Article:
Lake associations representing Dead Lake and Franklin Lake plan to donate
funds which will support I-LID operations in order to curtail the spread of
Aquatic Invasive Species (AIS) in Otter Tail County.
“We appreciate the support of these lake associations in our ongoing efforts to
fight invasive species,” said County AIS Specialist Spencer McGrew to
members of the Otter Tail County Board of Commissioners on May 7.
Otter Tail County installed 13 I-LIDS
May 8, an audio-video component aimed at stopping the spread of invasive
species at lakes area boat landings. Pictured here, crews install one of the units
at the Little Pine Lake Public Water Access north of Perham.
The cost of I-LID operations in 2019 for Otter Tail County is close to $20,000.
An I-LID is a self-contained, solar-powered system installed at public lake
accesses and boat ramps to reduce the risk of Aquatic Invasive Species through
video inspection of boats and audio education of boaters.
Infesting the lakes and rivers in Otter Tail County and other areas of Minnesota
are Eurasian watermilfoil, curlyleaf pondweed, zebra mussels and starry
stonewort that can raise havoc with the operation of boat motors.
Starry stonewort, like Eurasian milfoil, grows into dense mats than can cover
surfaces of shallow water. This results in squeezing out other plants and creating
a wall between fish and their spawning grounds.
“We’ll have I-LIDS placed at high-level boat traffic areas at public accesses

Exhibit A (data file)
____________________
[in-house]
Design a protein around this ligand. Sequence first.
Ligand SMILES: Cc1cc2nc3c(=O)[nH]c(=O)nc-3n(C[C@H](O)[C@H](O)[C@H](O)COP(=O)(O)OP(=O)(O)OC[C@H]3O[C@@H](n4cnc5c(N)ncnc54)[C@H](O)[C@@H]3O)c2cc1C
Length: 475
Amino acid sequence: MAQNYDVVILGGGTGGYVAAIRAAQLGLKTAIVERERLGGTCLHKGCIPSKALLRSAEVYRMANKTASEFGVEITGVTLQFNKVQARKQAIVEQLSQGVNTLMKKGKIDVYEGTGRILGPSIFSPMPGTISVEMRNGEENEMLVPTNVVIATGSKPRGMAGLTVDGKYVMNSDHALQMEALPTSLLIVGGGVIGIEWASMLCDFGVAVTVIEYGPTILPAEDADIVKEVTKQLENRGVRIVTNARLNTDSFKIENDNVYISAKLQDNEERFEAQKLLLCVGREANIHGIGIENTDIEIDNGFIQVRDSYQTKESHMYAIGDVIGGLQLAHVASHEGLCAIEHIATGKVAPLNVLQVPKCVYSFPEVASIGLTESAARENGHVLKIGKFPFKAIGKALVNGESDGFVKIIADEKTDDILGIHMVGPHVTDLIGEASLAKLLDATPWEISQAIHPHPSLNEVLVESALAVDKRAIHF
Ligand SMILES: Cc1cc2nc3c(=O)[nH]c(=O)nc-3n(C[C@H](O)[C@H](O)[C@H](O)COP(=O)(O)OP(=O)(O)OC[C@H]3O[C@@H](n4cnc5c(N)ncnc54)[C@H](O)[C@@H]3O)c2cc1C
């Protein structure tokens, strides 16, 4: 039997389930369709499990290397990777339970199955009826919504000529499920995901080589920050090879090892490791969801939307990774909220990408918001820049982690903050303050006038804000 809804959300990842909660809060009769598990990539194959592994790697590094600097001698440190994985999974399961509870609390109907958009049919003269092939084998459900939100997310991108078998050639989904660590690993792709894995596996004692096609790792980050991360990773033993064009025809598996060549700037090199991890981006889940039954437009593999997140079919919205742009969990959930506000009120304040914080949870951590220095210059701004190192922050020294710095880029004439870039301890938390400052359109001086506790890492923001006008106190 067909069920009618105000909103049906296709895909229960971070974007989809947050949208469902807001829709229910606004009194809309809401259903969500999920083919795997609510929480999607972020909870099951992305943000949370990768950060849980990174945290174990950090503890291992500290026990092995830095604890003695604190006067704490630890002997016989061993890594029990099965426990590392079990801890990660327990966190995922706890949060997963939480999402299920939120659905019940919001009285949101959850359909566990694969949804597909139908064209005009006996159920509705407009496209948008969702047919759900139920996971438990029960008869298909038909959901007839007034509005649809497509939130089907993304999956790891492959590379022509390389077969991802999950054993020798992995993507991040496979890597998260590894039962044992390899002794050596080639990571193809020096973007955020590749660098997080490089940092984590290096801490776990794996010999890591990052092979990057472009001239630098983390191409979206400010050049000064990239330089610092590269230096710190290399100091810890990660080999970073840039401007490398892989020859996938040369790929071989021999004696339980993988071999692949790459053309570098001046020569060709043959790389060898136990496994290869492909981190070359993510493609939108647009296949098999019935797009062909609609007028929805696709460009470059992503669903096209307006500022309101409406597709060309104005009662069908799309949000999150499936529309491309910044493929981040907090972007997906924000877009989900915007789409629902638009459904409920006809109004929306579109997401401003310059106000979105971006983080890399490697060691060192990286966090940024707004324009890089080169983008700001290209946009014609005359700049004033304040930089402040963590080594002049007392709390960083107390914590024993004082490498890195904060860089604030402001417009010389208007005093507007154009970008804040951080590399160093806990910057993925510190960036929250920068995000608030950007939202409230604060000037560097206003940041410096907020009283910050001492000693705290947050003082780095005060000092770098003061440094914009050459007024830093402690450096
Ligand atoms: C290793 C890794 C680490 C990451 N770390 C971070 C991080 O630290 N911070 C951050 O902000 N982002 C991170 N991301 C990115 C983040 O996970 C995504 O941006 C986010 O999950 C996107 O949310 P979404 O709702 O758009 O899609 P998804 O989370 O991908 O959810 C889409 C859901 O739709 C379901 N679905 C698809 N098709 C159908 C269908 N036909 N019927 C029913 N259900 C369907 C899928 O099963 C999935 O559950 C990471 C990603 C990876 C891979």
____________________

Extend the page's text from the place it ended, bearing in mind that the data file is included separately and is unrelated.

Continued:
here in Otter Tail County,” McGrew told county commissioners.
AIS violations include the following:
• Transporting aquatic plants on public roads
• Launching boats into lakes with plants attached
• Failure to drain water from boats and failure to have drains disengaged
There are several components that need to be in place for I-LIDS to remotely
and securely transfer video images to the video server and make them available
“Video-based evidence compels boaters to comply with AIS ordinances,”
Bernie Steeves, AIS Task Force volunteer, says, “no watercraft can and should
enter a lake or river in Otter Tail County without being clean.”
More about Invasive Species Task Force
The Otter Tail County Aquatic Invasive Species (AIS) Task Force continues to
take a proactive approach in stopping the spread of invasives throughout the
The task force emphasizes that boaters and fishermen throughout the county,
residents and visitors alike, have the responsibility to inspect boats, trailers and
equipment and remove visible aquatic plants.
The task force, always looking for new ways to help fulfill its goal to limit the
spread of AIS in Otter Tail County, is looking to expand its effort with
decontamination of boats, motors, trailers and other water-related equipment.